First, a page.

Suppliers and Distributors

When searching for a supplier or distributor to buy a laser from there are a few things to look out for. Firstly, a company with good feedback and reviews. You can find them on a number of sites, from Facebook to Trustpilot. Reviews are a great way of getting an insight into a company and what you can expect if you decide to use them. A business with experience, quality customer service and that can provide maintenance support is essential when purchasing equipment as specialised as a laser cutter. To quote a recent customer “Until you’ve owned a laser and built your business model around it, you may not understand how important after sales service actually is. Trust me, it’s critical!”

TrustPilot

HPC Laser offers free of charge lifetime email and telephone technical support should you need it at any point in the future. Whether you’re cutting for fun or have client demands to meet, if you have any questions about your machine you don’t want to be waiting on a reply for weeks.

These points may sound fairly obvious, yet many people still rush to make a decision solely based on the price of a product.

 

Buying Cheap

If the price seems too good to be true, it probably is. There are many sellers that sell cheap machines with little, if any quality control measures in place. They often use substandard components with little attention to detail and often arrive differently to as ordered, sometimes even broken. Parts need replacing more frequently, and without warranty, servicing or expert technical support, your experience is suddenly much more complex than it needs to be. There have been many UK suppliers over the years that have set up supplying laser machines, only to quickly go out of business when their customer base needs support and backup.

Most importantly, they don’t always comply with safety regulations and procedures (such as CE) which can be extremely dangerous considering the function and power of these machines.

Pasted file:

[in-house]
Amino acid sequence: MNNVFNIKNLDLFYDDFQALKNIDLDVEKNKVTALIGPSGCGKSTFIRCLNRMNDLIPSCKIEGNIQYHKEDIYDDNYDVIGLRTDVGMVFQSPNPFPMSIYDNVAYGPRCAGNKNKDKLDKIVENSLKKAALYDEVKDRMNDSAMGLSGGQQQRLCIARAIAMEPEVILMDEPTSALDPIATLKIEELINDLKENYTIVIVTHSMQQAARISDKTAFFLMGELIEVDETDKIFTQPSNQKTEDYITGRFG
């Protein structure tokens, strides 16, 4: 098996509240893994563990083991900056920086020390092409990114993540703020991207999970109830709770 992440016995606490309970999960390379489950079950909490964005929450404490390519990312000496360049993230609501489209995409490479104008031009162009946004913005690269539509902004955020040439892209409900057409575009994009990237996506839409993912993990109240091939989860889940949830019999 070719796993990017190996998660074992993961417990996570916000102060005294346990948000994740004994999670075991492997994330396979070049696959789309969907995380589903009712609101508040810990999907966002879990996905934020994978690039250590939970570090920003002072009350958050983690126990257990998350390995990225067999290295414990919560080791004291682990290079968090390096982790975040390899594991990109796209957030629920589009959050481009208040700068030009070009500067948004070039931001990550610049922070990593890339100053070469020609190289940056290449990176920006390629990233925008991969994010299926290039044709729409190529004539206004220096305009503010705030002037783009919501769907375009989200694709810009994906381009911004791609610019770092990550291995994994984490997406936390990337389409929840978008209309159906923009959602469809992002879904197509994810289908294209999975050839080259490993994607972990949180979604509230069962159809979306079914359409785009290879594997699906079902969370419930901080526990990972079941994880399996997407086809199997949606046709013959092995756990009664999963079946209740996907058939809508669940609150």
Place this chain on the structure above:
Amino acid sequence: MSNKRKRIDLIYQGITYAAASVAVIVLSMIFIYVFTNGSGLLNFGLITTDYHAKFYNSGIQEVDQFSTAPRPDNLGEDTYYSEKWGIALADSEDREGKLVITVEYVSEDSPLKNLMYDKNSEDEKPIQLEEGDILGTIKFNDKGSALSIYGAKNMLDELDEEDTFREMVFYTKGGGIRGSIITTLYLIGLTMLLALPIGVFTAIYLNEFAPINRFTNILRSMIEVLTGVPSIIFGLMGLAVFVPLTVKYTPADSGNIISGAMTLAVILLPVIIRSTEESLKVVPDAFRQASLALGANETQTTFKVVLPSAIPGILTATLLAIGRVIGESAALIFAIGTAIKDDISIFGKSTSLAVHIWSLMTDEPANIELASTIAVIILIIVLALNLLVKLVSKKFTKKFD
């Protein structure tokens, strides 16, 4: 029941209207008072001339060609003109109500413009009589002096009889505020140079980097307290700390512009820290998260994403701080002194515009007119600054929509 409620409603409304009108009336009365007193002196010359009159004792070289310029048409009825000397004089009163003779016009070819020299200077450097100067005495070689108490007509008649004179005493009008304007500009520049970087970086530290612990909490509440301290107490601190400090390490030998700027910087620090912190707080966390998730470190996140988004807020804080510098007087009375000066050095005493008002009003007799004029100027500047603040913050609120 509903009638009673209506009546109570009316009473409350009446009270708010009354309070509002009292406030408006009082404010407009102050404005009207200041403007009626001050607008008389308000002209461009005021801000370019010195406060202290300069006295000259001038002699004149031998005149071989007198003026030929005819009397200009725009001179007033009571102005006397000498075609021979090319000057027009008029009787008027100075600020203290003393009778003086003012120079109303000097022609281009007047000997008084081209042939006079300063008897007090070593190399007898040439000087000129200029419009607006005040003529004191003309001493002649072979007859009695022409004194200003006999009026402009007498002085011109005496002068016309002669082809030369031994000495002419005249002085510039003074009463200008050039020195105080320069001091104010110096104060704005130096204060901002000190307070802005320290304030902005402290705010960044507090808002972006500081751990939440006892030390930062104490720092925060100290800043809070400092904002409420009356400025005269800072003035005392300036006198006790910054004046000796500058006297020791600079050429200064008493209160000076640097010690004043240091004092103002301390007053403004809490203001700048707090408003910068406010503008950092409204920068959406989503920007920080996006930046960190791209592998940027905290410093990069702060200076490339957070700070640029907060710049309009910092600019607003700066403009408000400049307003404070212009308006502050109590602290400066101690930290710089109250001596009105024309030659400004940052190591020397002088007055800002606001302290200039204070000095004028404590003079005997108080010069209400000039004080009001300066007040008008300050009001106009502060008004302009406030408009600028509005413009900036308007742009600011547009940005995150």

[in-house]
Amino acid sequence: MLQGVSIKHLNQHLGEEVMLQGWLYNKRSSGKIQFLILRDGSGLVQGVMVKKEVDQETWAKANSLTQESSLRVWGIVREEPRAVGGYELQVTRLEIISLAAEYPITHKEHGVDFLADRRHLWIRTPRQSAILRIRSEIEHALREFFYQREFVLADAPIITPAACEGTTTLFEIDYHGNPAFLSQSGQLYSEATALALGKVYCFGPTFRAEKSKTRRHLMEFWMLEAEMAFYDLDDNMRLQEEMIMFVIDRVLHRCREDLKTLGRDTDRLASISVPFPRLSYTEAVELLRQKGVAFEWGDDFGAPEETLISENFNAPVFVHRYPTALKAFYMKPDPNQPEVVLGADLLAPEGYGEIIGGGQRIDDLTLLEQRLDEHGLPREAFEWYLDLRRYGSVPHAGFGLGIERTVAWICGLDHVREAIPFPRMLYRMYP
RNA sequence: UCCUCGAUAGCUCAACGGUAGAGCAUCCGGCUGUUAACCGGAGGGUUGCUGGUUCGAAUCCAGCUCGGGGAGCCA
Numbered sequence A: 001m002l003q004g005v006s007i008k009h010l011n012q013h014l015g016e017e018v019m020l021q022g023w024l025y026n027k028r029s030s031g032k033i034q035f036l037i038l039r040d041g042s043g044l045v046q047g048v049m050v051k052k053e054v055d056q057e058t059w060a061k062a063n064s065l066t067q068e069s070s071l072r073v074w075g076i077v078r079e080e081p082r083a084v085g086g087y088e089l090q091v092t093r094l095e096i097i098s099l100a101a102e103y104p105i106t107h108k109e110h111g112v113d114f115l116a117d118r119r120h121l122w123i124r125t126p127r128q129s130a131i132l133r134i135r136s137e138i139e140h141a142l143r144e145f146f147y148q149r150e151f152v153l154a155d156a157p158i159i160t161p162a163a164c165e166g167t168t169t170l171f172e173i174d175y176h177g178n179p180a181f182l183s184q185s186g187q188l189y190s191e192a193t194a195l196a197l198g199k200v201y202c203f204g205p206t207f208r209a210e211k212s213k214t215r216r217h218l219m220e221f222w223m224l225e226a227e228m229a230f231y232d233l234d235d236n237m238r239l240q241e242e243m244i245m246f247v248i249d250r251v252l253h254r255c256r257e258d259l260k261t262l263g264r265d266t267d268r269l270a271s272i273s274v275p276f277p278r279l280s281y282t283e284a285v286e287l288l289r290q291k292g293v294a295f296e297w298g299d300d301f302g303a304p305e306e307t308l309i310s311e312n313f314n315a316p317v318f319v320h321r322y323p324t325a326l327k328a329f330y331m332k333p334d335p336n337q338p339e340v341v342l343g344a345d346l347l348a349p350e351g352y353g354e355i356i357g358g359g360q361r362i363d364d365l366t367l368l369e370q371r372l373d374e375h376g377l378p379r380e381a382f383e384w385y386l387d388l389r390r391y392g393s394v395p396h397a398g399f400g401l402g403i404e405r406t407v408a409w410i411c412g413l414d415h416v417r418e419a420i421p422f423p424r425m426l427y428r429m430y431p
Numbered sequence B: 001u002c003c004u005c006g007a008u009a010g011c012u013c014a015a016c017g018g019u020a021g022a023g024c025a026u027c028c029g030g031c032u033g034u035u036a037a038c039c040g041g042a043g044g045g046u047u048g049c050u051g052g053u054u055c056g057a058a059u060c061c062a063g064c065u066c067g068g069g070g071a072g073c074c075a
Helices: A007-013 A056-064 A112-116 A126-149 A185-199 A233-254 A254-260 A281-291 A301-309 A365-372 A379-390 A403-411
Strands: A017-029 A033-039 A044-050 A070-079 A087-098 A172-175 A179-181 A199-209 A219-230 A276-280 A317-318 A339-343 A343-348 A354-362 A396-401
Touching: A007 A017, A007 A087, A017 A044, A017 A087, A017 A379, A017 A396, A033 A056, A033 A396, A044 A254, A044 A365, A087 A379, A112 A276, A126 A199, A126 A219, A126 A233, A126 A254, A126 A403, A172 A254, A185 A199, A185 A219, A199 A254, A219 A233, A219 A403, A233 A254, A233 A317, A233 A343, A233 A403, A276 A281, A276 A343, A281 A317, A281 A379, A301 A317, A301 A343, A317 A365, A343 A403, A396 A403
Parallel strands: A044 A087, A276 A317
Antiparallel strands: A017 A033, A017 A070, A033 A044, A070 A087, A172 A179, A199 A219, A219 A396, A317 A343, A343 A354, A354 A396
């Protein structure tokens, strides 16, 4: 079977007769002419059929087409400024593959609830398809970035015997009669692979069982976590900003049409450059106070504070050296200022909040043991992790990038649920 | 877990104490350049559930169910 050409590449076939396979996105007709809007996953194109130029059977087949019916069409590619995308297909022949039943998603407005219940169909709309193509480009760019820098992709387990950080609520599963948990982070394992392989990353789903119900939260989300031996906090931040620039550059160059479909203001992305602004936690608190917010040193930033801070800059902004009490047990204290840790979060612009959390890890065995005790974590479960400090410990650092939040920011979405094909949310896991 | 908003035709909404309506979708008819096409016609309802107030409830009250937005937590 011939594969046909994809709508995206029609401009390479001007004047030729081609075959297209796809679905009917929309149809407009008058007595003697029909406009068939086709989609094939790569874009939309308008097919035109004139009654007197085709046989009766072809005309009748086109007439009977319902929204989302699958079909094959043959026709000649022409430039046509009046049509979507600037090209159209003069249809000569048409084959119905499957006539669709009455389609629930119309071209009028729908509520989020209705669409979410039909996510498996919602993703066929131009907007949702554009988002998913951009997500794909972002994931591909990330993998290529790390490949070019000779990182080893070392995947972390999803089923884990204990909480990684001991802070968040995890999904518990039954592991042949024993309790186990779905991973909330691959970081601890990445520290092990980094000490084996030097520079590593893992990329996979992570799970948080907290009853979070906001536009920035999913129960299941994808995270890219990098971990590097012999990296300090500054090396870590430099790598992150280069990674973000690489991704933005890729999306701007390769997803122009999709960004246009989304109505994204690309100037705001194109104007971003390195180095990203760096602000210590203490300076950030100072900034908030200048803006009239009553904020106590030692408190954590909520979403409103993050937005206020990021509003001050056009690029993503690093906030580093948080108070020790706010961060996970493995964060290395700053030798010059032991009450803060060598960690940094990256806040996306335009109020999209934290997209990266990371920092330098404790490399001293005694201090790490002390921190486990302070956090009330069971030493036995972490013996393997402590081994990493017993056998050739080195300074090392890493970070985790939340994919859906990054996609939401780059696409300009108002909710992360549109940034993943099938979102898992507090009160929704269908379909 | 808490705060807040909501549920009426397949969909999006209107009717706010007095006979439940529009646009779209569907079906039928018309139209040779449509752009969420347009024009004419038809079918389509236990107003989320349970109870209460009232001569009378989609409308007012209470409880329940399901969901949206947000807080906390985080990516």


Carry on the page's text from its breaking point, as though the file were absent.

Laser Engineer

 

Chiller Units

Water cooled CO2 laser machines need to be cooled continuously using a water source that can consistently keep the water temperature below 25°C. A water chiller from HPC will reliably keep your water temperature between 5°C and 25°C when paired with laser machines up to 150W! They also offer upper and lower temperature alarms and an alarm to warn of flow restrictions, ensuring that you do not permanently damage your laser tube through insufficient cooling.

The size of these systems varies broadly depending on application, from portable to freestanding. It’s important to use a chiller powerful enough for your machine; larger cutters cannot be regulated by low power chillers.

Water Chiller ISO CW4000

You may be given a chiller or pump as part of your machine package, which is great, just be sure that it’s appropriate for the machine you’re running. If you are in any doubt, please contact HPC Laser for some reassuring advice.

Water temperature affects performance and functionality. If the water is too hot, the lasers performance will suffer and the machine is likely to overheat. This can lead to permanent damage to your machine, particularly your tube.

If water freezes in the chiller, the motor can be damaged, and internal water circuits begin to crack. Obviously, this prevents the chiller from working properly which again can lead to overheating but can also cause irreparable damage. To avoid this you can use antifreeze coolant such as LS Coolflow. For more information on chillers and general maintenance read How to Maintain and Service Your Laser Machine Effectively.

 

Please keep these points in mind when delving into the world of laser machines. This will increase the likelihood of you buying the perfect machine for your requirements. HPC offer impartial advice and demonstrations to give customers the opportunity to learn more about the lasers and their capabilities. If you’d like to book one please get in touch on 01422 310800 or sales@hpclaser.co.uk.